Towards Practical Molecular Devices

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Departmental Seminar Dublin City University

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  • The molecules used are typically assembled in some manner, e.g. attached to a surface. The molecules used in molecular devices are often supermolecules. This doesn’t mean a big molecules. It means a molecule made up of several components.
  • First of all, we’ll look at the case of two molecules which are not part of a supermolecule.
  • This is an example of a molecular device which performs charge separation. If you attach a suitable Ruthenium complex, not necessarily a supermolecule, to a TiO2 surface and shine light on it, …what happens is … This particular molecular device has been used in a prototype of a solar cell, called the Gratzel cell. This has been used to convert light to electricity. Reducing the rate of back electron transfer in this cell, is crucial to increasing its efficiency.
  • Insert from File – Choose Gif (having set the transparent background colour in PShopPro)
  • Because the faster the charge injection occurs, the shorter the lifetime of the excited state.
  • V. Important from the point of view of electrochemistry. We are generally interested in the nature of the lowest energy electronic transition. We can tell whether its metal-based or metal to ligand charge transfer, and so on.
  • Towards Practical Molecular Devices

    1. 1. Towards Practical Molecular Devices Noel O’Boyle Han Vos Research Group X246
    2. 2. Introduction <ul><li>Molecular device </li></ul><ul><ul><li>“ capable of performing a useful function at the molecular level” </li></ul></ul><ul><li>Supermolecule </li></ul><ul><ul><li>“ has the intrinsic properties of each of its components” </li></ul></ul><ul><ul><li>“ has properties above and beyond those of the individual components” </li></ul></ul>
    3. 3. Supramolecular chemistry Ground state Excited state
    4. 4. Supramolecular chemistry Ground state Excited state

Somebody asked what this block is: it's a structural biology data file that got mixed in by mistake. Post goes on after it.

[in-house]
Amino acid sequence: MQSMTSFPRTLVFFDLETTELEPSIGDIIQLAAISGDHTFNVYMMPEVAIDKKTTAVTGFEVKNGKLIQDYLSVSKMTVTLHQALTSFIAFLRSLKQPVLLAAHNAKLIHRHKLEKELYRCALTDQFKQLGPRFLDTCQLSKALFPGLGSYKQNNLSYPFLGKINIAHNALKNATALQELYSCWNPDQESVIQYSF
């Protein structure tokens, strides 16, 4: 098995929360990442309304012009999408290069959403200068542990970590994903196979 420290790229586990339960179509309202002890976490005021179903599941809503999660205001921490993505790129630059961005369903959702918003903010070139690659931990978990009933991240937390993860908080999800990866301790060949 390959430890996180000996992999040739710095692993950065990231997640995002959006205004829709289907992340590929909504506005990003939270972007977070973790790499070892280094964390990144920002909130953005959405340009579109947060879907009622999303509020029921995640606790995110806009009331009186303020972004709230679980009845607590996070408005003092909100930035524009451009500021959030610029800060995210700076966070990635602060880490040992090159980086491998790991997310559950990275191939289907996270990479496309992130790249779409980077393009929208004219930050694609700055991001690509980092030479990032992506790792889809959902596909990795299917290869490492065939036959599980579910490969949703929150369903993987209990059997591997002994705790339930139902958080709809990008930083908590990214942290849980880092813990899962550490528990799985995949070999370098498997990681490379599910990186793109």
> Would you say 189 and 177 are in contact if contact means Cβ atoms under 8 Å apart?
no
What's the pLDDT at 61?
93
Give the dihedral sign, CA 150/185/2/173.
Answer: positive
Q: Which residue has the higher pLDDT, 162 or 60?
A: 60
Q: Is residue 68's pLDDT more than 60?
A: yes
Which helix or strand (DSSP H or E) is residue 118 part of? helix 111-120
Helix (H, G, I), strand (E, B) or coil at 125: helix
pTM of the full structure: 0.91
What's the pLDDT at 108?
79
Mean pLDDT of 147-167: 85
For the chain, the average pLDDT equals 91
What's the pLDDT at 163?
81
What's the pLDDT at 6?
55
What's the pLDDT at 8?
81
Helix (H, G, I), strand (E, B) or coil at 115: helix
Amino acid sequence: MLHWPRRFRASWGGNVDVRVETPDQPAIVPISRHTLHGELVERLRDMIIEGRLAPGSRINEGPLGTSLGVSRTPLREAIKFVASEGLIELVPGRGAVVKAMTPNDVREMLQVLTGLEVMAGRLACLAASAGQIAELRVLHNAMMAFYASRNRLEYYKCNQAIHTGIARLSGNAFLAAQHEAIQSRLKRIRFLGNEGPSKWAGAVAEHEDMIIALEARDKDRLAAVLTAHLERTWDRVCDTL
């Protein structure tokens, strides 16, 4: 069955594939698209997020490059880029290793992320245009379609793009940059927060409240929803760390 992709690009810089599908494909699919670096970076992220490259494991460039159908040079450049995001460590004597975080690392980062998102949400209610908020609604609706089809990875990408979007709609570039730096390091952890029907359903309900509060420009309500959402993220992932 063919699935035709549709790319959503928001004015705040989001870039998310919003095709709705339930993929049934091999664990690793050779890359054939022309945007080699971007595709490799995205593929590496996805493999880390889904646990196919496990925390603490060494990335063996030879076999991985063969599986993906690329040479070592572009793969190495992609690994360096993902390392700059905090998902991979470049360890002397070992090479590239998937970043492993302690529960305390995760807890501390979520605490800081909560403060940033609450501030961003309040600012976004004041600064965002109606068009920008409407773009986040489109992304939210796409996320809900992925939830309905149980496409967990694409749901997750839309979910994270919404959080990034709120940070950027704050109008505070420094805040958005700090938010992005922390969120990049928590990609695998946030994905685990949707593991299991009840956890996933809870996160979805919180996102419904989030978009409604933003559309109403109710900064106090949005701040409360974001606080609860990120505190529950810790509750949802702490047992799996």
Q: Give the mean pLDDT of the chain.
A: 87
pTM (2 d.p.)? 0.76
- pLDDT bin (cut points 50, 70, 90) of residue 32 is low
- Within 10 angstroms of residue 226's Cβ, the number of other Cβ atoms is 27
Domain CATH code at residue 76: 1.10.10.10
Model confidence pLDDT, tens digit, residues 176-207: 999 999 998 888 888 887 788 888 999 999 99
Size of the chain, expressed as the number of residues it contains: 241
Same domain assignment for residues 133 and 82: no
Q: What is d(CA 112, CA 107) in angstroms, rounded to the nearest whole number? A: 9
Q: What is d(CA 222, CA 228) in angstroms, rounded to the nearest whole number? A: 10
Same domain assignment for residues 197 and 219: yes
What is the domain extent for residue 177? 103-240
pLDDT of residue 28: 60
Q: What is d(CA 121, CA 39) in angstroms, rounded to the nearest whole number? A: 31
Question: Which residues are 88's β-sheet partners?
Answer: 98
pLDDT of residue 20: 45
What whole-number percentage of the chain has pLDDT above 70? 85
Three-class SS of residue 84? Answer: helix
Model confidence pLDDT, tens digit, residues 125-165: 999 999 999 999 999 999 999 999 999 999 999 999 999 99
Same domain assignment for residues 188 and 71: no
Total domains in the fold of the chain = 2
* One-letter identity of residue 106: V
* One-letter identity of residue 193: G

5. 5. Supramolecular chemistry Ground state Excited state (1)
    6. 6. Supramolecular chemistry Ground state Excited state (1)
    7. 7. Supramolecular chemistry Ground state Excited state (1) Excited state (2)
    8. 8. Supramolecular chemistry Ground state
    9. 9. Metal-Metal dyads
    10. 10. Molecular device Ru e - TiO 2 - +
    11. 11. Molecular device e - e - - +
    12. 12. Charge injection <ul><li>Can be studied using: </li></ul><ul><ul><li>UV-Vis of ruthenium complex </li></ul></ul><ul><ul><li>UV-Vis of TiO 2 </li></ul></ul><ul><ul><li>Lifetime of excited state of ruthenium complex </li></ul></ul><ul><li>But occurs in <100 fs! (ultrafast) </li></ul>
    13. 13. Outline of future work <ul><li>Slow down the charge injection </li></ul><ul><li>Change surface roughnesses </li></ul><ul><li>Use different surfaces </li></ul><ul><li>Use different complexes </li></ul>
    14. 14. Semiempirical calculations <ul><li>Using ZINDO (in Hyperchem) to find: </li></ul><ul><ul><li>Orbital energies </li></ul></ul><ul><ul><li>Location of HOMO levels </li></ul></ul><ul><ul><li>Contribution of ligands and metal centres to orbitals </li></ul></ul><ul><ul><li>Assign the peaks in the UV-Vis spectrum to specific transitions between energy levels </li></ul></ul>
    15. 15. [Ru(bpy) 2 (pytrzph(OMe) 2 )] +
    16. 16. Acknowledgements <ul><li>Prof. Han Vos </li></ul><ul><li>Han Vos Research Group </li></ul><ul><li>Enterprise Ireland </li></ul><ul><li>For more information see: </li></ul><ul><li>http://www.dcu.ie/~chemist/Staffpages/han_vos.htm </li></ul>

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